Stock a Healthy Kitchen

I’ve put together this guide to help you prepare for healthy eating success!

Are you ready to lose some weight and improve your health? The first thing you need to do is go through your kitchen and purge all the unhealthy foods. Give them away or toss ‘em out. This includes things like cakes, cookies, candy, chocolate, crackers, chips, ice cream, sugary cereals, sodas, juices, beer, mac n’ cheese, and other processed foods. You know, the stuff you’re most likely to overeat in a moment of craving, boredom, worry, or exhaustion. Take it from me, if you keep only healthy food in your house, you will eat healthy food at least 70% of the time! There’s research to back me up on that. Furthermore, if you bring snack food into your house, at least 50% of it will be eaten within the first 6 days of bringing it home, even if you bought a Costco-sized package of it. Once you’ve cleared out the junk food, use this guide to re-stock your kitchen with the right foods that will help you improve your body composition and overall health!

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In the Fridge

Skim or 1 percent milk, or fortified soy milk. Almond milk is a good option too, but it’s lower in protein.

Eggs. Whole eggs or liquid egg whites are good option.

Fresh fruit. Keep at least one kind of fruit washed, cut, and stored in a clear plastic container where you can see and grab it easily.

Hummus. Dip veggies in this chickpea spread.

Plain Greek yogurt. Sweeten with fresh or frozen fruit, Stevia, and vanilla extract.

Cottage Cheese. It’s high in protein and tasty with fruit. If you’re not a fan, try it blended in a smoothie for a shake that tastes more like a cheesecake dessert than a post workout recovery drink.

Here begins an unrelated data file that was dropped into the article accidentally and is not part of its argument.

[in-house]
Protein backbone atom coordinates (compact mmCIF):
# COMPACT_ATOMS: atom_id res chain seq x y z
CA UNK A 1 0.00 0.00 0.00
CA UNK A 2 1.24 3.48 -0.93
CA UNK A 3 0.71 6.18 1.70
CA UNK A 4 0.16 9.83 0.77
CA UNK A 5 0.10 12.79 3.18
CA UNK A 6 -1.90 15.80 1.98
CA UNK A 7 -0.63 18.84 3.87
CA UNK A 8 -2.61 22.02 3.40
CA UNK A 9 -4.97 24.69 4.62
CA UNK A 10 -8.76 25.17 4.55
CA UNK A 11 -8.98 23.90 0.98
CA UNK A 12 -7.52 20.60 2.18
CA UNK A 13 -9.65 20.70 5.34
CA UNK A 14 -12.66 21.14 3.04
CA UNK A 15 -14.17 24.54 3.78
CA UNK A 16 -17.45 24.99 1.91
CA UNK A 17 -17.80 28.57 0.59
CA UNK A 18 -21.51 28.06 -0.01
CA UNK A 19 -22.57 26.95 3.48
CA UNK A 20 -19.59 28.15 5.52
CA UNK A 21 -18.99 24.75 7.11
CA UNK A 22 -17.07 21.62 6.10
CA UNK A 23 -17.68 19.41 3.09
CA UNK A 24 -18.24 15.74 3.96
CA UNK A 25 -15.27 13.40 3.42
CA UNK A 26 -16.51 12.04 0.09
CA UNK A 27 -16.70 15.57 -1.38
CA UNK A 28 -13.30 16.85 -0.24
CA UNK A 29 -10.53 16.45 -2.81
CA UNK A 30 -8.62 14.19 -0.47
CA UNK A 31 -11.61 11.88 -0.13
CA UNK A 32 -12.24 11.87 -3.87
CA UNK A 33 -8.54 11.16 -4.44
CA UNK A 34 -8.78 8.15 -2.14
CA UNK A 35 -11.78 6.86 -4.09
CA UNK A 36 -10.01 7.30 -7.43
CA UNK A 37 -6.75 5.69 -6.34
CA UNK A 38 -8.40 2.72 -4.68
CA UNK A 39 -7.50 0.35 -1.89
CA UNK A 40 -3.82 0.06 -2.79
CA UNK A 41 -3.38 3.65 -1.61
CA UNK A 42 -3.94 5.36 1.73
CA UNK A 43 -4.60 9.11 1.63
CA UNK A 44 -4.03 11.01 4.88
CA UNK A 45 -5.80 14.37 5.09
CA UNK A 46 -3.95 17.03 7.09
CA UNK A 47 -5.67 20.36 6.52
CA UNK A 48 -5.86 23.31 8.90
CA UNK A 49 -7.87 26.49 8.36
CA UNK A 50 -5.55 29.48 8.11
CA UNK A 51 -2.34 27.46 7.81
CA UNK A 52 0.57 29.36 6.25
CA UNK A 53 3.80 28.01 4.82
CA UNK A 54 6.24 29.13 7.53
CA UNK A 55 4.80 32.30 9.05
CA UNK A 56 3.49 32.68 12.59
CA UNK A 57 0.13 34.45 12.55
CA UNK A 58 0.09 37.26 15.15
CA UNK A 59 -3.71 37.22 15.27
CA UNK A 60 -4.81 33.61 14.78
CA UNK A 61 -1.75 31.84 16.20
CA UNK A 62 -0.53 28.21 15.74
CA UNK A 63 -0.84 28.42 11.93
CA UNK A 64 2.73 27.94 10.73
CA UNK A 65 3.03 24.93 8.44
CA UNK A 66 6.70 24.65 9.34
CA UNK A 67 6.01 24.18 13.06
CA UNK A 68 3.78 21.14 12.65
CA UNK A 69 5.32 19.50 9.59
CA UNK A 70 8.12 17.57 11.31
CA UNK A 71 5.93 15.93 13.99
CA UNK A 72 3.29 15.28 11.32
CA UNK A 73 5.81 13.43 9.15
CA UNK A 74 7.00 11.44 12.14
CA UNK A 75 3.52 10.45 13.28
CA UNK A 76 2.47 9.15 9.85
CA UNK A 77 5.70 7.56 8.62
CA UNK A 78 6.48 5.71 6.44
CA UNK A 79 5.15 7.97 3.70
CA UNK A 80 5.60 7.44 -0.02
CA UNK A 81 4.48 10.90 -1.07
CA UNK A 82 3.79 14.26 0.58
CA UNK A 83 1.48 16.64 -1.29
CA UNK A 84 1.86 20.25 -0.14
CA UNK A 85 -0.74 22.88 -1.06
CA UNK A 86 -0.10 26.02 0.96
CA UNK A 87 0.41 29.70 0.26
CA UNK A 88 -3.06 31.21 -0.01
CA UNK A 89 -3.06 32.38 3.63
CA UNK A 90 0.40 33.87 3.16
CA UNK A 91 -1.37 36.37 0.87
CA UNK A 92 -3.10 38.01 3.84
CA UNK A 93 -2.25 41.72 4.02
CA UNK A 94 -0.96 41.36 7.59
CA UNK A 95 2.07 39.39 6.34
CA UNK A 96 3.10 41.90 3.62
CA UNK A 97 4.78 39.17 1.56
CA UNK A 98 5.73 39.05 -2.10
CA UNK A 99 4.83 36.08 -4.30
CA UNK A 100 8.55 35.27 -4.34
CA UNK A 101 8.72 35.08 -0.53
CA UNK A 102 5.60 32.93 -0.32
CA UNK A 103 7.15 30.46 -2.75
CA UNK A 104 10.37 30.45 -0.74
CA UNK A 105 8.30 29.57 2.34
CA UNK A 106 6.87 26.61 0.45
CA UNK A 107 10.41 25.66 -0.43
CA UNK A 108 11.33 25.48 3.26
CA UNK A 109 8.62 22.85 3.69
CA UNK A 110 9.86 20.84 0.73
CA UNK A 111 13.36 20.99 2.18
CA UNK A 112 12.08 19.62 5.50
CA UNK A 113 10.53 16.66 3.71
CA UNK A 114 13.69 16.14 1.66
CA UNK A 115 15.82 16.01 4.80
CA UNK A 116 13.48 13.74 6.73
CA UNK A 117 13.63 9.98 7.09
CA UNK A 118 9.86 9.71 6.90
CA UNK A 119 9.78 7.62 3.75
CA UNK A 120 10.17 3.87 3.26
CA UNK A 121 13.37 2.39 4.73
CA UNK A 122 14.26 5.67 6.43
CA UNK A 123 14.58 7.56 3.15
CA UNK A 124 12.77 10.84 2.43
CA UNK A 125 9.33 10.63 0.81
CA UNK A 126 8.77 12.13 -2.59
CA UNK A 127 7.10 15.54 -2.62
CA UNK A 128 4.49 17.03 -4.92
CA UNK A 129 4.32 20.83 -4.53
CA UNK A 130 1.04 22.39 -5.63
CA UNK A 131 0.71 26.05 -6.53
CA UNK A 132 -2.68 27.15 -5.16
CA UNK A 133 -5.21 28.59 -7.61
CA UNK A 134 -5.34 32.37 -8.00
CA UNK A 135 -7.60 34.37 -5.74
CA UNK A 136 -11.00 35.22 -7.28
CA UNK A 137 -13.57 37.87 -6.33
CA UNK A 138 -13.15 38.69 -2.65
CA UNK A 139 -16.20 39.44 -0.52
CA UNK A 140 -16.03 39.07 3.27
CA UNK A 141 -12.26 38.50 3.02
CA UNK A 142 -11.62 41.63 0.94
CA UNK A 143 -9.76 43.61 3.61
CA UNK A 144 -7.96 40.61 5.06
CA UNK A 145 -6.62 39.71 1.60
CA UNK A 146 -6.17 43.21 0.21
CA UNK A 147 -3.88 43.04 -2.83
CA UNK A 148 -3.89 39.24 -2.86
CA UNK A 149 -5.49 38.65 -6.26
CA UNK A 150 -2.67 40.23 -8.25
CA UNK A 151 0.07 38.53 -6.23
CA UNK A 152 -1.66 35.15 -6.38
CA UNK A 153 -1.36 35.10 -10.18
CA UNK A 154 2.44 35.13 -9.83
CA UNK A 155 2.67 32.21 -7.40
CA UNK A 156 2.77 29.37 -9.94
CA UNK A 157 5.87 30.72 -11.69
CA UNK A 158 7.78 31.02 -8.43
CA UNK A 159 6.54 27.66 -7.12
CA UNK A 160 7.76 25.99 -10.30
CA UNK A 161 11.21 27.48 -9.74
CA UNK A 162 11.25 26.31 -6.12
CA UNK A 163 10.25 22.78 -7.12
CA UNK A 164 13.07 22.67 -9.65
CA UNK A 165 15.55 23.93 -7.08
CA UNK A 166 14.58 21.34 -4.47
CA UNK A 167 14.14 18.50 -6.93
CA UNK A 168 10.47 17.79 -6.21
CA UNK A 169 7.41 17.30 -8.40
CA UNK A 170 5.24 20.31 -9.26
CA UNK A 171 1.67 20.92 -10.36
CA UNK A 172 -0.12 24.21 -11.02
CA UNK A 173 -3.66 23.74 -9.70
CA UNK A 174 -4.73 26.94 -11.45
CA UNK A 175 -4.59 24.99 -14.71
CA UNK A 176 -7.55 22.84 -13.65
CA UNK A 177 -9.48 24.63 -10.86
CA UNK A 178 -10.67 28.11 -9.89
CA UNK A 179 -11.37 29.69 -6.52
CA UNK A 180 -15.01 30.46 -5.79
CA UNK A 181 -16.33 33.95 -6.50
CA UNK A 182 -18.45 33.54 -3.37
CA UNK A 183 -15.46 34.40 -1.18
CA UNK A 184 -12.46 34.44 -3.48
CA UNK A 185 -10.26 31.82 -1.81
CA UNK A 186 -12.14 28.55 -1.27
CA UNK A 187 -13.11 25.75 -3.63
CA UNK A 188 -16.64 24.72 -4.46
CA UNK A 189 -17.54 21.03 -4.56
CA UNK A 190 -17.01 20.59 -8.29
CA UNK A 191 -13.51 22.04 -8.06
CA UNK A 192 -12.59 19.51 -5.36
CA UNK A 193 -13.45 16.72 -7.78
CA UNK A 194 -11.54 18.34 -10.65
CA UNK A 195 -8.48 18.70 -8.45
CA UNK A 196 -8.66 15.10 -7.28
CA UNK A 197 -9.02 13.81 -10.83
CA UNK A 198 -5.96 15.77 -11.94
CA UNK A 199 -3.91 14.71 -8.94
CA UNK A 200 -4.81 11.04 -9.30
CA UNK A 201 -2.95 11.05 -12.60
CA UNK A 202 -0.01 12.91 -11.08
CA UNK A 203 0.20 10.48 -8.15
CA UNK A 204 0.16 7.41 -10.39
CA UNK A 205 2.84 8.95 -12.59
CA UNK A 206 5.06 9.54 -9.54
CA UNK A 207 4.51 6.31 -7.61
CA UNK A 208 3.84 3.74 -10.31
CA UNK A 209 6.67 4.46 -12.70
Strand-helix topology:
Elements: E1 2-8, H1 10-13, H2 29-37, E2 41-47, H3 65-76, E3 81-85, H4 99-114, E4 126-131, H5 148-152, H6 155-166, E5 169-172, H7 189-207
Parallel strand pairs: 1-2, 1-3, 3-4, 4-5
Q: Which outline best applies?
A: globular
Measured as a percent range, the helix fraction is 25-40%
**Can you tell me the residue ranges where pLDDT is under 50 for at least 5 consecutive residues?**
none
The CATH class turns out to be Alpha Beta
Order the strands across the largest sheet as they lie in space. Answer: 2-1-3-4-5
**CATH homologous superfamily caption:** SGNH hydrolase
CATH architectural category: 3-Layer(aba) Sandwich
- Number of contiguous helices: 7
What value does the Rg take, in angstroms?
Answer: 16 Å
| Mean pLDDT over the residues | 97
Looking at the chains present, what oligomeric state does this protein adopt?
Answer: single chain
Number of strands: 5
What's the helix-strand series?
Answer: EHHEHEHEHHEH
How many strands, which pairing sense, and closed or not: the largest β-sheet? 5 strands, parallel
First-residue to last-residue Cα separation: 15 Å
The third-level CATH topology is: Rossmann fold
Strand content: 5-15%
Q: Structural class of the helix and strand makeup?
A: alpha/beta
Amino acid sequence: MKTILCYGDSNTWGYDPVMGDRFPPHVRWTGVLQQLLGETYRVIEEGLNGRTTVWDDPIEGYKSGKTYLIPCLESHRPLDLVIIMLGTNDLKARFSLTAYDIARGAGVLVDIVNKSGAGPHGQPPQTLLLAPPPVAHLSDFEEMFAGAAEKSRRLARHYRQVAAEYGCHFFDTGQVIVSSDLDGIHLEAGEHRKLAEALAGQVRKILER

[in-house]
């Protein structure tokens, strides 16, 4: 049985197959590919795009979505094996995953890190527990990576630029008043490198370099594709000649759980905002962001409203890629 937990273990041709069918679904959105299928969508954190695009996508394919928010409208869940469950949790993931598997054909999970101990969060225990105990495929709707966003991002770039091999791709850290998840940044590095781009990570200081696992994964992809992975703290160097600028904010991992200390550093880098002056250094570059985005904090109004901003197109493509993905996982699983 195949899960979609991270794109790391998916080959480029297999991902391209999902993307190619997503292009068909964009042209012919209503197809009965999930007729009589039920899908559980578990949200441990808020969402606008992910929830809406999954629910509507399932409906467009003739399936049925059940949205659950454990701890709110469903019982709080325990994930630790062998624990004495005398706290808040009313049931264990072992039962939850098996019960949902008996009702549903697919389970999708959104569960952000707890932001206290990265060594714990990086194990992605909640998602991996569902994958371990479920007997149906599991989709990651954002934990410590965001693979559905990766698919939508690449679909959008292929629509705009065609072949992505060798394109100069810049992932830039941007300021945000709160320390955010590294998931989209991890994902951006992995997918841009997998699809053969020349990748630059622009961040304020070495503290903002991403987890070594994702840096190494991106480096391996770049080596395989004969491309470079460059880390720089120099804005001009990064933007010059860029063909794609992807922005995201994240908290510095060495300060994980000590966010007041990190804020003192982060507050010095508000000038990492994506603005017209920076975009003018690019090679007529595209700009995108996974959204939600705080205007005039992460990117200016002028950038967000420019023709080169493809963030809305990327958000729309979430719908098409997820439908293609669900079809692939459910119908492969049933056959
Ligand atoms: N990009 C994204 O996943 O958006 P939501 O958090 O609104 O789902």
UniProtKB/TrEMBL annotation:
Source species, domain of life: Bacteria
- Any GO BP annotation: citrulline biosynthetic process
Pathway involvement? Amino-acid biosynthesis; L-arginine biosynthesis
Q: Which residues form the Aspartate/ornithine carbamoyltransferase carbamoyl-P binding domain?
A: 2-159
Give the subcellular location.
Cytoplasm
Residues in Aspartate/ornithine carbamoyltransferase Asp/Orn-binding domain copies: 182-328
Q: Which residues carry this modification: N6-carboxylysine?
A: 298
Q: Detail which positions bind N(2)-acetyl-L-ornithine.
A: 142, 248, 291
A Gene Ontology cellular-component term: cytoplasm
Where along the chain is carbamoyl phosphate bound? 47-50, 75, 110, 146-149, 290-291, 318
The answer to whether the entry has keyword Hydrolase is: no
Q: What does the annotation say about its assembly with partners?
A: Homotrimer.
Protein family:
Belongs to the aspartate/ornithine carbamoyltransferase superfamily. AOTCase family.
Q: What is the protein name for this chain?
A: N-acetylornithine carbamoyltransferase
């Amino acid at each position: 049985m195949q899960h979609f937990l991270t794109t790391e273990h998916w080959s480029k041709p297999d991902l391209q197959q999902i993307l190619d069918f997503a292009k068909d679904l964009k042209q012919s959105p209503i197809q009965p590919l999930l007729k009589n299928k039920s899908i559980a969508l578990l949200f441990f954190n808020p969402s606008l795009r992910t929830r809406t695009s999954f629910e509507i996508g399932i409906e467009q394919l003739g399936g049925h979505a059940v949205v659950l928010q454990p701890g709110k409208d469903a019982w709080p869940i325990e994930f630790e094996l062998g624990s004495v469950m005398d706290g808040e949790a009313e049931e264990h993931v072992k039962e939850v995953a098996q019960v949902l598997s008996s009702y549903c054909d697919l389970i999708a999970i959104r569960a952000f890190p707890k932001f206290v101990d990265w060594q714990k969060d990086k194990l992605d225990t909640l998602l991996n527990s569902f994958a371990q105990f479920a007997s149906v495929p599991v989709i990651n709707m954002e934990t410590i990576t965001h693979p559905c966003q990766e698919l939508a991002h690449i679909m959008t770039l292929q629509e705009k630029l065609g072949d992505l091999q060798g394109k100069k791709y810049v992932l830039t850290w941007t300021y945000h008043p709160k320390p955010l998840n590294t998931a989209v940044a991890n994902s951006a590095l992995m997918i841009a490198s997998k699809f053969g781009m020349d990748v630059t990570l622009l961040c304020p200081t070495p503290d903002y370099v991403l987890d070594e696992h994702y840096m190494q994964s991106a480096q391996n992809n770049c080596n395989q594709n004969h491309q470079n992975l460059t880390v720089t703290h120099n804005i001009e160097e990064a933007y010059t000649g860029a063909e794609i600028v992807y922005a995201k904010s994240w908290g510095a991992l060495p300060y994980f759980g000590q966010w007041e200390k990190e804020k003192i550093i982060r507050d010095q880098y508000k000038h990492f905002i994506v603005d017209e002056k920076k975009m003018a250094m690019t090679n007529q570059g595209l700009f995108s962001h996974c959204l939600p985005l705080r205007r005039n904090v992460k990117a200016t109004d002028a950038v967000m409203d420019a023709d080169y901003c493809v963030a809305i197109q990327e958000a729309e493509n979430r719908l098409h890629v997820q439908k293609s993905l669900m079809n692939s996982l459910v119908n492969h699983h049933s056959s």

Bagged salad. Look for darker greens like baby spinach or a mix of multicolored lettuces like mesclun or field greens. Bagged spinach is handy for everything- you can easily add a handful to smoothies, ground meat, eggs, etc.

Lunch meats like turkey and lean roast beef. Look for under 4g fat and 400 mg sodium and as few ingredients as possible. Typically the meats that you buy from the deli counter taste waaaay better than the pre-packaged kinds.

Tortillas. Use corn or whole wheat flour tortillas, no larger than 8”. An easy meal is a quesadilla made with low fat cheese, shredded chicken, spinach, and salsa… mmm!

Fresh veggies. Keep veggies front and center in the fridge! Buy your own to wash and chop, or pick up prewashed, precut veggies like broccoli, carrots, cauliflower, snow peas, and celery. Need a tasty veggie dip? Try this: Combine 1 avocado, 1 cup plain greek yogurt, 2 tablespoons ranch seasoning, and 1 tablespoon lemon juice. SO GOOD.